NorthWind 100 kW

Frequently Asked Questions

 

Why Wind?

 

By producing your own power locally, you will be engaging in alternative energy, helping to support “green” technology, and saving the retail value of your energy costs at the same time.

For many, the cost savings alone make producing local wind power an imperative.

 

What Makes a Good Wind Turbine Site?

 

A good site has ample wind and space to place a turbine:

 

Wind: A Northwind 100 will begin making power at wind speeds as low

as 3 meters per second (6.6 mph). The turbine will continue to make power at increasing levels as the wind increases, but will automatically shut down when wind speeds get up to 25 meters per second (55 mph).

Typically, unobstructed, higher elevation areas comprise a better quality wind site.

 

Space: Depending on ground conditions, a Northwind 100 installation

requires an area of between 350 and 600 sq. ft. for the foundation

and recommended clearance.

Generally it must be a location that is accessible by crane. An electrical transmission infrastructure, if not already in existence, would also need to be developed.

How much Energy will a 100 Kilowatt Wind Turbine Produce?

 

A 100kW wind turbine will produce different amounts of electricity based on the average wind speed at your site. The Northwind 100 utilizes advanced turbine technology to ensure excellent energy capture for its size.

For example, if your site has an average wind resource measuring 4 meters per second (8.90 mph) and follows a standard distribution (i.e. a “bell curve” of wind speeds), you can expect the Northwind 100 turbine to produce approximately 70,000 kilowatts hours of energy in a year.

 

If your average wind speed is 6 meters per second (13.4 mph), the Northwind 100 will produce approximately 214,000 kilowatt hours per year.

Is Wind Power the Right Choice for My Application?

 

After determining that you have at least a minimum of wind at your site, you will want to consider your main motivations for engaging in wind power. If you care only about being “green,” a specific payback time period is of no concern.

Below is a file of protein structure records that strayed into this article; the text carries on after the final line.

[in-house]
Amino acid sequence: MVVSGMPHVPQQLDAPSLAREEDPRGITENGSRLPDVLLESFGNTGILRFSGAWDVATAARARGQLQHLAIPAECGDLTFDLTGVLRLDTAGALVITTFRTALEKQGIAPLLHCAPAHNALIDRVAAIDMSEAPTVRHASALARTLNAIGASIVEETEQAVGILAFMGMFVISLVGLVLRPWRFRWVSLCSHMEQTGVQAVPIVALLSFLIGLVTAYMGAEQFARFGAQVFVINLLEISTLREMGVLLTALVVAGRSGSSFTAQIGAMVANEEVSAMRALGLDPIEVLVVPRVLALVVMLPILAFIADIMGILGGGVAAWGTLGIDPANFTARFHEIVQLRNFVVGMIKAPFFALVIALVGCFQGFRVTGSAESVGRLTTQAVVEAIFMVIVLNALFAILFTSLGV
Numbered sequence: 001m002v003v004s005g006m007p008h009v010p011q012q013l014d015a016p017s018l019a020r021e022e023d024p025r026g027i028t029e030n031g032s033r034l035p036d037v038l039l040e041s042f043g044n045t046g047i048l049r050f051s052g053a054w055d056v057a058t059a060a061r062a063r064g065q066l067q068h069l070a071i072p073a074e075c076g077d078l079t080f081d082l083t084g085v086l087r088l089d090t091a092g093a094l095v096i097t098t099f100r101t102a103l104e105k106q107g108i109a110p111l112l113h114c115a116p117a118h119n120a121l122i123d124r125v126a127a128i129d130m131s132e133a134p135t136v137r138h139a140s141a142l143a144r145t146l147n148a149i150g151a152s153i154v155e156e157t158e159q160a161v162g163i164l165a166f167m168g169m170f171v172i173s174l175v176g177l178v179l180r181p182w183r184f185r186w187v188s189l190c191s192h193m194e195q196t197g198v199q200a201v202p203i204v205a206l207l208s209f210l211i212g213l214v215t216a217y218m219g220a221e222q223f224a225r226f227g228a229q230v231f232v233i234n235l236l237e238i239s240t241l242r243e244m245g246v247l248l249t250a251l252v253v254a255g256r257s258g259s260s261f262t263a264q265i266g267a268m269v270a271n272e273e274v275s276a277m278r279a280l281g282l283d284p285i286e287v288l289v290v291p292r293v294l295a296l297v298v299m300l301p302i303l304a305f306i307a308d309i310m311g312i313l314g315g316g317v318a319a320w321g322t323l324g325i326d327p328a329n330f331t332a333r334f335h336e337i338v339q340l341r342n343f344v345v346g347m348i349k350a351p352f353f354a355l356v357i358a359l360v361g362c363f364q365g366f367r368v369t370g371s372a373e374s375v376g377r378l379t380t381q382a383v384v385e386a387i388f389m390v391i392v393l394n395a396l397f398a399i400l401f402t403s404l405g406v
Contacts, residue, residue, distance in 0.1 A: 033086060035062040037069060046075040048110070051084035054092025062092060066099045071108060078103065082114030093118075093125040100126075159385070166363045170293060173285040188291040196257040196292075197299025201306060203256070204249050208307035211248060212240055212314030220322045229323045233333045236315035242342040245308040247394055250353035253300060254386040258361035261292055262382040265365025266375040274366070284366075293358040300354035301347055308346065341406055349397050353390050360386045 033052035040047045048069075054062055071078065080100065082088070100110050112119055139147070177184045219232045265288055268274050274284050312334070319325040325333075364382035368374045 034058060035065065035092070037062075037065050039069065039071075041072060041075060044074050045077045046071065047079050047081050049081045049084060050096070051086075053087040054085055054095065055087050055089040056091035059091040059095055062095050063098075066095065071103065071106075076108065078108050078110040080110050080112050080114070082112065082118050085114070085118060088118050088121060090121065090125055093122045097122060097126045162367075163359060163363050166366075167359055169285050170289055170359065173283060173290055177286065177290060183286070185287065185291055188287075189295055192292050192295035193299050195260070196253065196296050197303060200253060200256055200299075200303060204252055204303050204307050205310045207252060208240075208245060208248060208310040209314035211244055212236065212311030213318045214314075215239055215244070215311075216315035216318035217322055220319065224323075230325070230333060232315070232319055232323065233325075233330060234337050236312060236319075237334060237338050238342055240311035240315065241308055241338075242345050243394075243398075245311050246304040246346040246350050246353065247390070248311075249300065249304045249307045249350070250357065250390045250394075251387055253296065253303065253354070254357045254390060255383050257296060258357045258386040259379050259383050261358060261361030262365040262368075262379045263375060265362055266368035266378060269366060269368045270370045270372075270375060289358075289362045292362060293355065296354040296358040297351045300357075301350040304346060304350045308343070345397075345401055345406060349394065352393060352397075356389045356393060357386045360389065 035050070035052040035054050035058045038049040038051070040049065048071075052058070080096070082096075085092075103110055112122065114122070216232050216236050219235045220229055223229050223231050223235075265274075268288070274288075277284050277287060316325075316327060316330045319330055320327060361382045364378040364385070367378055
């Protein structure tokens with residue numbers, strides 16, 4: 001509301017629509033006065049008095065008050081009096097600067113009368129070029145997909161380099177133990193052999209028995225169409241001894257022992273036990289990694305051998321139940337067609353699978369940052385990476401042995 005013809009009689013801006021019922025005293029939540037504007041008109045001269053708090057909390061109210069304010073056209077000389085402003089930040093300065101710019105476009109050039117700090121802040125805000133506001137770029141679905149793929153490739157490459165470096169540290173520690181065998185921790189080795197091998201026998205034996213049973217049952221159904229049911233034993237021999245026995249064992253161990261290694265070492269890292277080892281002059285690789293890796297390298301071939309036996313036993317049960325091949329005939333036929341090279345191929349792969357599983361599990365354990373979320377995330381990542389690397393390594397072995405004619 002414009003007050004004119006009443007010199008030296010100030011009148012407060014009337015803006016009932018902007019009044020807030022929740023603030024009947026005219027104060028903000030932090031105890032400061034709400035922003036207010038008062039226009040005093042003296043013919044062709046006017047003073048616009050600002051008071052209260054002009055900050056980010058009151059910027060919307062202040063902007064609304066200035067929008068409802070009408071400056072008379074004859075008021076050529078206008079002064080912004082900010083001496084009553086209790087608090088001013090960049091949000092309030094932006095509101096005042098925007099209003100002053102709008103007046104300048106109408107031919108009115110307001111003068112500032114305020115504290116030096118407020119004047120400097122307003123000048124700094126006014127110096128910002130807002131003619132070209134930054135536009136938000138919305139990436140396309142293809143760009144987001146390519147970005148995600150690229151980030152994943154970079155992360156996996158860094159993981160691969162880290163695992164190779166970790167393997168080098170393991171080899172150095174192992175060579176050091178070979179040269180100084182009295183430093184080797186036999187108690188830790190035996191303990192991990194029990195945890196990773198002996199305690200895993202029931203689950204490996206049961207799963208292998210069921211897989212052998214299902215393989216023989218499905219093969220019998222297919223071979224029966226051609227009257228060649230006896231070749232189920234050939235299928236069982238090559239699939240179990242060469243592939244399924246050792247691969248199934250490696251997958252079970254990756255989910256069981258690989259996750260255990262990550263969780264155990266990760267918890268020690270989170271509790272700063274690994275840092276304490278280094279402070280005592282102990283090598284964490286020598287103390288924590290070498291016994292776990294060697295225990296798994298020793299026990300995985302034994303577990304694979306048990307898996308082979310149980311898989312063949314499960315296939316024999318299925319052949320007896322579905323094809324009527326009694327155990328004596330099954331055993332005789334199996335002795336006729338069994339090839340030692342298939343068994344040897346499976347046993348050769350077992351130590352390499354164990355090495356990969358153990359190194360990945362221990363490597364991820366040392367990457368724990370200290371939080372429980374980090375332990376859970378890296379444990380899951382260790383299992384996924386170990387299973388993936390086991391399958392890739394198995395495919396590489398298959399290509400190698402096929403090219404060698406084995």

You should then consider erecting a turbine at even the lowest possible average wind speed. If you care only about ROI, you will need to consider the retail costs of your current energy source as well as any incentives available to you: grants, tax incentives, and net metering laws.

 

Most people fall somewhere in the middle along that continuum of “green” versus “payback,” and require at least a basic idea of payback timing in order to make the decision to move forward.

 

Why a 100 kW Wind Turbine?

 

While it produces much more power than is needed by the average home, the Northwind 100 wind turbine is sized perfectly for many schools and universities, small communities, businesses and commercial farms.

It has also been used or years in remote village applications, where diesel power systems supply electricity for the entire grid. In wind-diesel applications, the Northwind 100 saves diesel fuel costs as well as providing a clean, renewable alternative.

 

How much Energy do I need to Produce for My Site?

 

Most areas in the United States and many in international markets have net metering laws, which allow individual sites to average out their annual production and get “credit” for what they produce to offset what they use. But there are few places that allow for individuals, organizations, or communities to actually make money by selling excess power back to the utility.

 

Because of this, and because wind is an intermittent source of power, most people want to match their load (i.e. produce only what they will use in a given year and not more) fairly closely – or even produce a lot less than will be needed – to be sure that no wind power is wasted.

 

In the case of a Northwind 100, if your facility uses significantly more power than what you expect to produce, you may consider erecting two or more 100kWturbines.

 

How do I determine My Wind Resource?

 

There are a number of excellent websites that can help you determine what your wind resource is:

 

NREL (National Renewable Energy Laboratory) has done extensive studies across the United States. You can find their maps at www.nrel.gov/gis/wind.